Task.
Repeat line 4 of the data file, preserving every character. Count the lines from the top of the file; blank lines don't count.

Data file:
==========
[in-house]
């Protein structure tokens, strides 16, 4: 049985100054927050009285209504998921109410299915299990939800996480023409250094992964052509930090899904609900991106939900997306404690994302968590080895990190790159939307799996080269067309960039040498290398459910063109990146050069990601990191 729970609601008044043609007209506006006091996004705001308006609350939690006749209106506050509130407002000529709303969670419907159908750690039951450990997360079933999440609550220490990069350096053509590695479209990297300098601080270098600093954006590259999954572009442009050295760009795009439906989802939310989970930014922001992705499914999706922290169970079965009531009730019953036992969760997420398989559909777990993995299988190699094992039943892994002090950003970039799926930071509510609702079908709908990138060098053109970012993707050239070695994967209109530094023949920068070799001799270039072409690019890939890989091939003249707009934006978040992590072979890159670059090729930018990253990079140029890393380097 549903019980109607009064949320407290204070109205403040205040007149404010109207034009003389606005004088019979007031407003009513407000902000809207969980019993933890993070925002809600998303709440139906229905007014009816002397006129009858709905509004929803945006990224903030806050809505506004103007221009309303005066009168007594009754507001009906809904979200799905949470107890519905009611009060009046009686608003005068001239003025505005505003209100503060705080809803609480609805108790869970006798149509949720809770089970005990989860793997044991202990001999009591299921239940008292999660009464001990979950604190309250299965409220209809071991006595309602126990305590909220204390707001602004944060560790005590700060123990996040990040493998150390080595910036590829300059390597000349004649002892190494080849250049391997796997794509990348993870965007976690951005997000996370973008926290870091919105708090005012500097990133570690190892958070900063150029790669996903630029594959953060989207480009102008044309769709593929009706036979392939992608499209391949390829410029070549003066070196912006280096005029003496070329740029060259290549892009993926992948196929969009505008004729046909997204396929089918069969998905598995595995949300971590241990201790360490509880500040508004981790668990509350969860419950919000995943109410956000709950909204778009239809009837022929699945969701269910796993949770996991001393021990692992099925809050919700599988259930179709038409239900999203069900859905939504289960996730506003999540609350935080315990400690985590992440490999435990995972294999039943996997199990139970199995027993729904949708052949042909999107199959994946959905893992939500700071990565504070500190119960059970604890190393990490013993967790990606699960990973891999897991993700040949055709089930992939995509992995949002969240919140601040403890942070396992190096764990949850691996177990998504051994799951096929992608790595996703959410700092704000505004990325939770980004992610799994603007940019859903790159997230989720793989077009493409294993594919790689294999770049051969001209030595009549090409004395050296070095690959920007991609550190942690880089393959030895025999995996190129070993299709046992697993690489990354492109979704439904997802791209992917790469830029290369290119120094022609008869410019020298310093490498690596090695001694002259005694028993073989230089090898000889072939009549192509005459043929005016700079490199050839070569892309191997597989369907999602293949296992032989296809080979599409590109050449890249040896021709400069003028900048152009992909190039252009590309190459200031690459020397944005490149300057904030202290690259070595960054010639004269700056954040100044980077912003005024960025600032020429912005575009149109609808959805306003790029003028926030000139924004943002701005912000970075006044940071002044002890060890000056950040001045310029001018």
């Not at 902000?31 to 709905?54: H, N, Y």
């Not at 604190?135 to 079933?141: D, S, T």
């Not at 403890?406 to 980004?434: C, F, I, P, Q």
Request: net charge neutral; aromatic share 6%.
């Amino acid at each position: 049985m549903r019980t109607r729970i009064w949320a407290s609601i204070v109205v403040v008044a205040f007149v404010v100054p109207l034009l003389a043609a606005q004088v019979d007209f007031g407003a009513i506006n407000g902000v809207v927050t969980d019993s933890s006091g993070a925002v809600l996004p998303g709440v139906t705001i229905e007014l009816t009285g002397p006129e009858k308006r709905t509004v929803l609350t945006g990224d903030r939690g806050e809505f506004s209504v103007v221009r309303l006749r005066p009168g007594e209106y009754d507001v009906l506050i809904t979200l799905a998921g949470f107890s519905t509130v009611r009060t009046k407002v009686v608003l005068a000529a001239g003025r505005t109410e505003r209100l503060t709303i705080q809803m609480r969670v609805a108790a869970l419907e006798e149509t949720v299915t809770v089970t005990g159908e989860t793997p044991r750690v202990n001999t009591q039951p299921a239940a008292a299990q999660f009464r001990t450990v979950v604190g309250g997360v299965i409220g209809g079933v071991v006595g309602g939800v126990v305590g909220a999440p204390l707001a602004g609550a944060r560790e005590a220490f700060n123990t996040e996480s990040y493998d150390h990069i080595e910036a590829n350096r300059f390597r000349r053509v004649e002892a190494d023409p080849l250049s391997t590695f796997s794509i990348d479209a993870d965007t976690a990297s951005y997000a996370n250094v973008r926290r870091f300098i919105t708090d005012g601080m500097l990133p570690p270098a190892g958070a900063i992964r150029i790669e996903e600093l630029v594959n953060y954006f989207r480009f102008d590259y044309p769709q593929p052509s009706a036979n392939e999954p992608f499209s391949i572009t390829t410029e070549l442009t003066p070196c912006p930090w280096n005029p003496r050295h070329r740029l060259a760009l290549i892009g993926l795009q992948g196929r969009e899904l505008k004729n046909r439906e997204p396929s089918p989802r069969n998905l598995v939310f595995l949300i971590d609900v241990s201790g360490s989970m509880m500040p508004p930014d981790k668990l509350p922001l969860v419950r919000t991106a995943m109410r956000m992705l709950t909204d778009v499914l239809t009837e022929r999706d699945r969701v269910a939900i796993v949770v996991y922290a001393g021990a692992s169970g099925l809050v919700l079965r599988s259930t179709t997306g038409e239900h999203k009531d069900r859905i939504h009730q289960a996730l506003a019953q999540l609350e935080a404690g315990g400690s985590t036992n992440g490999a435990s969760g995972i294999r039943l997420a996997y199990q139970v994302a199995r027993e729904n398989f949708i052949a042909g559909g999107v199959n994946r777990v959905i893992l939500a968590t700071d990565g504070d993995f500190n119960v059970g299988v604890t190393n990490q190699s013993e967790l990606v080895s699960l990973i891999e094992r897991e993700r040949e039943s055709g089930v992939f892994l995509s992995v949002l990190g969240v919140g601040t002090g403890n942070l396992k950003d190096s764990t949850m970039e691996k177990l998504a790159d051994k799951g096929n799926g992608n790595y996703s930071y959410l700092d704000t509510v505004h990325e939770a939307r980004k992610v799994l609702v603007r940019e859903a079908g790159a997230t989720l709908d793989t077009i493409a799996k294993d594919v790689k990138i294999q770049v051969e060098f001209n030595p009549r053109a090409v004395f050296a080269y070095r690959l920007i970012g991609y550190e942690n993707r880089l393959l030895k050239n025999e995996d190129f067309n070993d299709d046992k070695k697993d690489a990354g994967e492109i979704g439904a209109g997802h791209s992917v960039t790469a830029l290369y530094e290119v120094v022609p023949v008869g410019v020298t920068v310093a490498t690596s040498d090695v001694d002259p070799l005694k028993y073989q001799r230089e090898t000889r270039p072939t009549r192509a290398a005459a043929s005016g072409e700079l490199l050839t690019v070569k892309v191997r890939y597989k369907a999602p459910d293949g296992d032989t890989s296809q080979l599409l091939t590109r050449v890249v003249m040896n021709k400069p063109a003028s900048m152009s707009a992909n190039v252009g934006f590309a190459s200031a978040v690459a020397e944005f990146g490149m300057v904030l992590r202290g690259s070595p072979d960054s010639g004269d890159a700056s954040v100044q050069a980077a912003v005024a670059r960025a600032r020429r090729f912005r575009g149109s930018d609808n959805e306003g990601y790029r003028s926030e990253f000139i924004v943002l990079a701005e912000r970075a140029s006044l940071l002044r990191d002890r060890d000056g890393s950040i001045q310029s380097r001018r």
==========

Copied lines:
């Not at 604190?135 to 079933?141: D, S, T």